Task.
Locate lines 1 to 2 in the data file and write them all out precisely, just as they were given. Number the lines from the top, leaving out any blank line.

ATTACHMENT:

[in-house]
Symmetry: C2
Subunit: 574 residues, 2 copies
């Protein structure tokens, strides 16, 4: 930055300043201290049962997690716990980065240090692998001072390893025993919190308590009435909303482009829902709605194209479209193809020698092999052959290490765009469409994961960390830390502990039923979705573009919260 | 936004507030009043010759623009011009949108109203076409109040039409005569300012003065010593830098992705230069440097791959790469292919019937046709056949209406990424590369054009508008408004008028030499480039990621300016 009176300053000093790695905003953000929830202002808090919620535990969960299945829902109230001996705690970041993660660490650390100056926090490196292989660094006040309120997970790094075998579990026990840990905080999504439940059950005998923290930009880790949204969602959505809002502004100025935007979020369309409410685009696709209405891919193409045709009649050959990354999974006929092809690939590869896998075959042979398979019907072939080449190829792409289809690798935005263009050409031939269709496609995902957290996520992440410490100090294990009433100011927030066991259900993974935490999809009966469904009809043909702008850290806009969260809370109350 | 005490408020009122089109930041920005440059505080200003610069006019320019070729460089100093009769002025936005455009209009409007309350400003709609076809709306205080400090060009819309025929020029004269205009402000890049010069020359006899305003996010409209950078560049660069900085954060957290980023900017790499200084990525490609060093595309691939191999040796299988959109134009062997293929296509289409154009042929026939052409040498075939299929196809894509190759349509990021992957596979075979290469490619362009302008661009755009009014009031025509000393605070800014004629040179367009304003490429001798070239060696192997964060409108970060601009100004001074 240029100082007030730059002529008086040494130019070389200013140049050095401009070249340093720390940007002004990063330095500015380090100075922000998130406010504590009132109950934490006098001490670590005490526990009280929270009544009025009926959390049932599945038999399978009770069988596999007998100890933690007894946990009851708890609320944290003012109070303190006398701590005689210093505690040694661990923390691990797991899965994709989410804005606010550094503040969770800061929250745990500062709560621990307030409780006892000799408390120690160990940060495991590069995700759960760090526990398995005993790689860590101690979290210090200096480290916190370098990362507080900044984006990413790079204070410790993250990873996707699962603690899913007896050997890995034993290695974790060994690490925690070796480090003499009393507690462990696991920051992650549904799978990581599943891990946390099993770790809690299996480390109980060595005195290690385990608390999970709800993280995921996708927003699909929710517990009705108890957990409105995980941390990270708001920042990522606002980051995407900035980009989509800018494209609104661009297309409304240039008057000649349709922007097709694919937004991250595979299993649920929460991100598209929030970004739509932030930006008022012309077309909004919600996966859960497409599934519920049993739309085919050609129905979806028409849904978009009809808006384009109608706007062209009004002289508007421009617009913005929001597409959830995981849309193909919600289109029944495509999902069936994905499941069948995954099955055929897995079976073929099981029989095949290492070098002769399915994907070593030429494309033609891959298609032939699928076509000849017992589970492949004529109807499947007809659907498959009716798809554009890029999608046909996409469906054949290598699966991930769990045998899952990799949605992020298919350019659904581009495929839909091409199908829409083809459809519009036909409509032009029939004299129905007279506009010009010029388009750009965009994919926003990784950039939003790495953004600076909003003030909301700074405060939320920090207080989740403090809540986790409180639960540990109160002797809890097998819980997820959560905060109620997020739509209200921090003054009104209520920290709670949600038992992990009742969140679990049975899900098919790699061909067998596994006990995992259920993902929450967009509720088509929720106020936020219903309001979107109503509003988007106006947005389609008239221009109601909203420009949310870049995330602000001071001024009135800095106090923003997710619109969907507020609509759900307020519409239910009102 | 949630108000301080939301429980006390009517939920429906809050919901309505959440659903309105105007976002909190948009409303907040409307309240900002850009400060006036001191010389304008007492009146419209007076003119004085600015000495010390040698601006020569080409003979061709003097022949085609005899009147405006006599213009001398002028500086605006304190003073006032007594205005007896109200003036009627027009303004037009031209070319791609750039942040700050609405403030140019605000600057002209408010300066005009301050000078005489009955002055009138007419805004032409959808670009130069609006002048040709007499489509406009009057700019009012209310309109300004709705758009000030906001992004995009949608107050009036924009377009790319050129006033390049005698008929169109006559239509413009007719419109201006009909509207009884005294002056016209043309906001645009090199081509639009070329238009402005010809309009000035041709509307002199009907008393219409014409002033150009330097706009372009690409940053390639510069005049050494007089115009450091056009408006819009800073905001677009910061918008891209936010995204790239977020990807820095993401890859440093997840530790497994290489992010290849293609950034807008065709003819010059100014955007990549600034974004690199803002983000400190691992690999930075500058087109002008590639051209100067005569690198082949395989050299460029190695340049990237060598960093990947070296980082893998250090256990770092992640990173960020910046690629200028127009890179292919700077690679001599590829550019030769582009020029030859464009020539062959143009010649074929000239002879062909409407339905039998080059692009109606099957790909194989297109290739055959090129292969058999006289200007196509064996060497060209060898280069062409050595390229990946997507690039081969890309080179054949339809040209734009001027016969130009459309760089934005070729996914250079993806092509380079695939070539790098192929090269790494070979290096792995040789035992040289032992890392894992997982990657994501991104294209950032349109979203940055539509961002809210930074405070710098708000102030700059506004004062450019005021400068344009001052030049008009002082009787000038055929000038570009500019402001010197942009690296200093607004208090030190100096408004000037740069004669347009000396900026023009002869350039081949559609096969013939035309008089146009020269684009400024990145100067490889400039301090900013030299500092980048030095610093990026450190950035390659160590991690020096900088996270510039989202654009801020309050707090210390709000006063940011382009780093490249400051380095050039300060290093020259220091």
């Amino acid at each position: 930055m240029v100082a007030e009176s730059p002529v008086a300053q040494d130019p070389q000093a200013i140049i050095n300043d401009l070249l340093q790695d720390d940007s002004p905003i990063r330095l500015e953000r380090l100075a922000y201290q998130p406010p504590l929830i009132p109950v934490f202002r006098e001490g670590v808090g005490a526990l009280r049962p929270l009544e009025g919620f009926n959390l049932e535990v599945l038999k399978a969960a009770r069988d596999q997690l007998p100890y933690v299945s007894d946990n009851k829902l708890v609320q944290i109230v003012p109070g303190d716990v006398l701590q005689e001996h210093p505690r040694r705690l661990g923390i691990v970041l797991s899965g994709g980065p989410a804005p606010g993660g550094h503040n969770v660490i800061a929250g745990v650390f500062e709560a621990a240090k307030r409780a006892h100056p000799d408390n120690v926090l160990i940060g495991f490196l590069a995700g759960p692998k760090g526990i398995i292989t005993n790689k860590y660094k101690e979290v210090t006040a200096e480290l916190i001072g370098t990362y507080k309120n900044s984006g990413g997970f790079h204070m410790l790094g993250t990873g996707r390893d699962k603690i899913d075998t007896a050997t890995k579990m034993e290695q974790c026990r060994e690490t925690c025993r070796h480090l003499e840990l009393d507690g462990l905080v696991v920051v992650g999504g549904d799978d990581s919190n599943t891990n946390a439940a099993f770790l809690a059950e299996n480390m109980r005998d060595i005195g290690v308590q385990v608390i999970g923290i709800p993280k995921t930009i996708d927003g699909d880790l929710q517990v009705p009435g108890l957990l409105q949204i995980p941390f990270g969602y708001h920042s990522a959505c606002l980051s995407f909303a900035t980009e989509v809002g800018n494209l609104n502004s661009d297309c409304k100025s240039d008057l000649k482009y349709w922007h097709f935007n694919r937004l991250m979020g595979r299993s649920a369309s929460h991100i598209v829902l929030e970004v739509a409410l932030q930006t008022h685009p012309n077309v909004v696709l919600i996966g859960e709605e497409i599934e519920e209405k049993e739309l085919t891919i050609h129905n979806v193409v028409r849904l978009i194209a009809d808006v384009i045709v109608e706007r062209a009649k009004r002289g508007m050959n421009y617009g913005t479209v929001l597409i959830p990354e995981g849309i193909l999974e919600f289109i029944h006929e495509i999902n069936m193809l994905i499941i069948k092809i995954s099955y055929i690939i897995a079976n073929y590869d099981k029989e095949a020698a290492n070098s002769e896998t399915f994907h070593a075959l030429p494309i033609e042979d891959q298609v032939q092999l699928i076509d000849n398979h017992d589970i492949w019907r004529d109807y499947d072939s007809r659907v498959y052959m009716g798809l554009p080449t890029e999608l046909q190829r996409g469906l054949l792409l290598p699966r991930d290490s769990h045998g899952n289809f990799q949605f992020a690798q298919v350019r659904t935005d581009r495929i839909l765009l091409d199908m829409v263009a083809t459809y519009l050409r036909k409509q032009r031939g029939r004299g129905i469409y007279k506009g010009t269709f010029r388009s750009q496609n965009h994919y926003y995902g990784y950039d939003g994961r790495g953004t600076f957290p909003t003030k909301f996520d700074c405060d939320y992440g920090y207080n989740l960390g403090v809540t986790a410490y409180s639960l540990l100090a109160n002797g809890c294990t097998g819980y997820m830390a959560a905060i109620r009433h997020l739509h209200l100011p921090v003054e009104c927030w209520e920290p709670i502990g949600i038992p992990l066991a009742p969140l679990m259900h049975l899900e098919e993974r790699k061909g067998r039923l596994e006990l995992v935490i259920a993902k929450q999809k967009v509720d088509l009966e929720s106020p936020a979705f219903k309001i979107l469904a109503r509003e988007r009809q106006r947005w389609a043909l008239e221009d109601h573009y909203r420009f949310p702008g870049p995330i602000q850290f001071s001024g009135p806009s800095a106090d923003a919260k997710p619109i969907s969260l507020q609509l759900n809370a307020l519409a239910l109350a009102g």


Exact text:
[in-house]
Symmetry: C2